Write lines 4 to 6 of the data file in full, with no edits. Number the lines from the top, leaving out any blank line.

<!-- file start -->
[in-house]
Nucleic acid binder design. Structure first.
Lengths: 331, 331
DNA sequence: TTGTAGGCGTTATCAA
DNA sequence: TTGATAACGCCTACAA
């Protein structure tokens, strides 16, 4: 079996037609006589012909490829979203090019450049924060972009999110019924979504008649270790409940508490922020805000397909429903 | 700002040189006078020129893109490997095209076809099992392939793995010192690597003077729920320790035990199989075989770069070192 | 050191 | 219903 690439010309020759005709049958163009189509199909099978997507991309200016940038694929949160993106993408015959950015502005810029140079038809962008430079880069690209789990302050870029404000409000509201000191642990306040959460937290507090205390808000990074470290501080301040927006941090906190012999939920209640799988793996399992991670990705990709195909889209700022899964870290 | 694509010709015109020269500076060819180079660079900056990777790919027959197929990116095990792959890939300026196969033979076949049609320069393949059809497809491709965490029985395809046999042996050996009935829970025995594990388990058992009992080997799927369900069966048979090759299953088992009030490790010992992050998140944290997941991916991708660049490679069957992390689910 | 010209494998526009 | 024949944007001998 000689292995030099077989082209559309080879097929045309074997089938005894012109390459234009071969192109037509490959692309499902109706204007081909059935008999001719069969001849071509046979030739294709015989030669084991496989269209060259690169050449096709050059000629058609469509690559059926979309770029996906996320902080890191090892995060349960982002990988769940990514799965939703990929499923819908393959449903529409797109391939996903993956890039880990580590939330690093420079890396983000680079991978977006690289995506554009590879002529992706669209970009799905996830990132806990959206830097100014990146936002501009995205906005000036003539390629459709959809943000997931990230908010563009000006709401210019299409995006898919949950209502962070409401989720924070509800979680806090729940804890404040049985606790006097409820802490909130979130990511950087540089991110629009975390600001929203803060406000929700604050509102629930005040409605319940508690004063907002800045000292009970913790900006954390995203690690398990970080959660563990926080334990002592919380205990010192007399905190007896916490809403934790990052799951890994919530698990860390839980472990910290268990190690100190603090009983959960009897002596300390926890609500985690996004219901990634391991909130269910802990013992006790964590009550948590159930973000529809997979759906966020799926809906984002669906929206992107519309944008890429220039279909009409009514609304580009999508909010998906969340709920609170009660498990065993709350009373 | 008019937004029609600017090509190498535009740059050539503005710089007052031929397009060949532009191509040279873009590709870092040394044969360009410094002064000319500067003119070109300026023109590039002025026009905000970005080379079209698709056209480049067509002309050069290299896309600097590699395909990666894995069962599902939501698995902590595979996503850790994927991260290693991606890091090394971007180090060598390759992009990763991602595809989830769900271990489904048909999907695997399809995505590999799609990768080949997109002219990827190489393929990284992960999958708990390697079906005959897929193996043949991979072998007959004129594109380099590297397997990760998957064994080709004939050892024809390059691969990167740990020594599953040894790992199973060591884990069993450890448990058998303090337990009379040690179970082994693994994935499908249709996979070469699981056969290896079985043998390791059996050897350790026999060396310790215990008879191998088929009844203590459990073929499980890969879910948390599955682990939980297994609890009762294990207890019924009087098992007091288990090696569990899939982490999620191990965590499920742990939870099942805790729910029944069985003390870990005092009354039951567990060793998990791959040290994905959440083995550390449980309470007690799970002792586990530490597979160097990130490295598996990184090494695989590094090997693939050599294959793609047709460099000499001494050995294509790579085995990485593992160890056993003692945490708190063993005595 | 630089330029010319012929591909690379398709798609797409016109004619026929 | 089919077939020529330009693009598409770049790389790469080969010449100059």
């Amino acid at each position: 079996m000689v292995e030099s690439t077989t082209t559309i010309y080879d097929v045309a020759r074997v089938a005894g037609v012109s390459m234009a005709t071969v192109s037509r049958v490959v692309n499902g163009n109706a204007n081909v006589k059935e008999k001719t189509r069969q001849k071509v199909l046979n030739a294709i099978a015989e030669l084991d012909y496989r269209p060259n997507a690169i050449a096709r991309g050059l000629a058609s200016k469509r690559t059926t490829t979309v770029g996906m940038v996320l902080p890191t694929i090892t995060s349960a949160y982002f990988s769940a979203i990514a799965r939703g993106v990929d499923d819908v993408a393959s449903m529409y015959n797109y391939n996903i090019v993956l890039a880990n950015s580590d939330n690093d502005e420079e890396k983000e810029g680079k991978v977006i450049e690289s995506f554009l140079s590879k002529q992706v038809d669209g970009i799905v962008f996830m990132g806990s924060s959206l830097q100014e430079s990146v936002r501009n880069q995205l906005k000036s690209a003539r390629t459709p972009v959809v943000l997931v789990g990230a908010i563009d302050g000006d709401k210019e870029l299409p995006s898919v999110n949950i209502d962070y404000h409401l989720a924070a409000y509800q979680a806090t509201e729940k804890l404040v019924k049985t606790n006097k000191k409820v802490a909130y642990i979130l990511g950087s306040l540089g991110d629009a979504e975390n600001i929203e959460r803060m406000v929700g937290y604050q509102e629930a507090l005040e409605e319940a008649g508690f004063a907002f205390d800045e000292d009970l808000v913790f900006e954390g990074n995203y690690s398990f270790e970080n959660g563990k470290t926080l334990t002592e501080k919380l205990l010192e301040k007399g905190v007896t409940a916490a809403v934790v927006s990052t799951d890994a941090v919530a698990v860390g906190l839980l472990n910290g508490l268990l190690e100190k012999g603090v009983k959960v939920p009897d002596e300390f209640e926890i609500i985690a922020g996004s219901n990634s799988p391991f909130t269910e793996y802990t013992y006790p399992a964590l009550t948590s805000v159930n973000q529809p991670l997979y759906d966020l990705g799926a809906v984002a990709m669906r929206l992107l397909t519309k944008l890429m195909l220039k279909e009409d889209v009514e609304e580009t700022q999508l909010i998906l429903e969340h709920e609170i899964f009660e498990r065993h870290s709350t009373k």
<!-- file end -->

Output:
DNA sequence: TTGTAGGCGTTATCAA
DNA sequence: TTGATAACGCCTACAA
């Protein structure tokens, strides 16, 4: 079996037609006589012909490829979203090019450049924060972009999110019924979504008649270790409940508490922020805000397909429903 | 700002040189006078020129893109490997095209076809099992392939793995010192690597003077729920320790035990199989075989770069070192 | 050191 | 219903 690439010309020759005709049958163009189509199909099978997507991309200016940038694929949160993106993408015959950015502005810029140079038809962008430079880069690209789990302050870029404000409000509201000191642990306040959460937290507090205390808000990074470290501080301040927006941090906190012999939920209640799988793996399992991670990705990709195909889209700022899964870290 | 694509010709015109020269500076060819180079660079900056990777790919027959197929990116095990792959890939300026196969033979076949049609320069393949059809497809491709965490029985395809046999042996050996009935829970025995594990388990058992009992080997799927369900069966048979090759299953088992009030490790010992992050998140944290997941991916991708660049490679069957992390689910 | 010209494998526009 | 024949944007001998 000689292995030099077989082209559309080879097929045309074997089938005894012109390459234009071969192109037509490959692309499902109706204007081909059935008999001719069969001849071509046979030739294709015989030669084991496989269209060259690169050449096709050059000629058609469509690559059926979309770029996906996320902080890191090892995060349960982002990988769940990514799965939703990929499923819908393959449903529409797109391939996903993956890039880990580590939330690093420079890396983000680079991978977006690289995506554009590879002529992706669209970009799905996830990132806990959206830097100014990146936002501009995205906005000036003539390629459709959809943000997931990230908010563009000006709401210019299409995006898919949950209502962070409401989720924070509800979680806090729940804890404040049985606790006097409820802490909130979130990511950087540089991110629009975390600001929203803060406000929700604050509102629930005040409605319940508690004063907002800045000292009970913790900006954390995203690690398990970080959660563990926080334990002592919380205990010192007399905190007896916490809403934790990052799951890994919530698990860390839980472990910290268990190690100190603090009983959960009897002596300390926890609500985690996004219901990634391991909130269910802990013992006790964590009550948590159930973000529809997979759906966020799926809906984002669906929206992107519309944008890429220039279909009409009514609304580009999508909010998906969340709920609170009660498990065993709350009373 | 008019937004029609600017090509190498535009740059050539503005710089007052031929397009060949532009191509040279873009590709870092040394044969360009410094002064000319500067003119070109300026023109590039002025026009905000970005080379079209698709056209480049067509002309050069290299896309600097590699395909990666894995069962599902939501698995902590595979996503850790994927991260290693991606890091090394971007180090060598390759992009990763991602595809989830769900271990489904048909999907695997399809995505590999799609990768080949997109002219990827190489393929990284992960999958708990390697079906005959897929193996043949991979072998007959004129594109380099590297397997990760998957064994080709004939050892024809390059691969990167740990020594599953040894790992199973060591884990069993450890448990058998303090337990009379040690179970082994693994994935499908249709996979070469699981056969290896079985043998390791059996050897350790026999060396310790215990008879191998088929009844203590459990073929499980890969879910948390599955682990939980297994609890009762294990207890019924009087098992007091288990090696569990899939982490999620191990965590499920742990939870099942805790729910029944069985003390870990005092009354039951567990060793998990791959040290994905959440083995550390449980309470007690799970002792586990530490597979160097990130490295598996990184090494695989590094090997693939050599294959793609047709460099000499001494050995294509790579085995990485593992160890056993003692945490708190063993005595 | 630089330029010319012929591909690379398709798609797409016109004619026929 | 089919077939020529330009693009598409770049790389790469080969010449100059």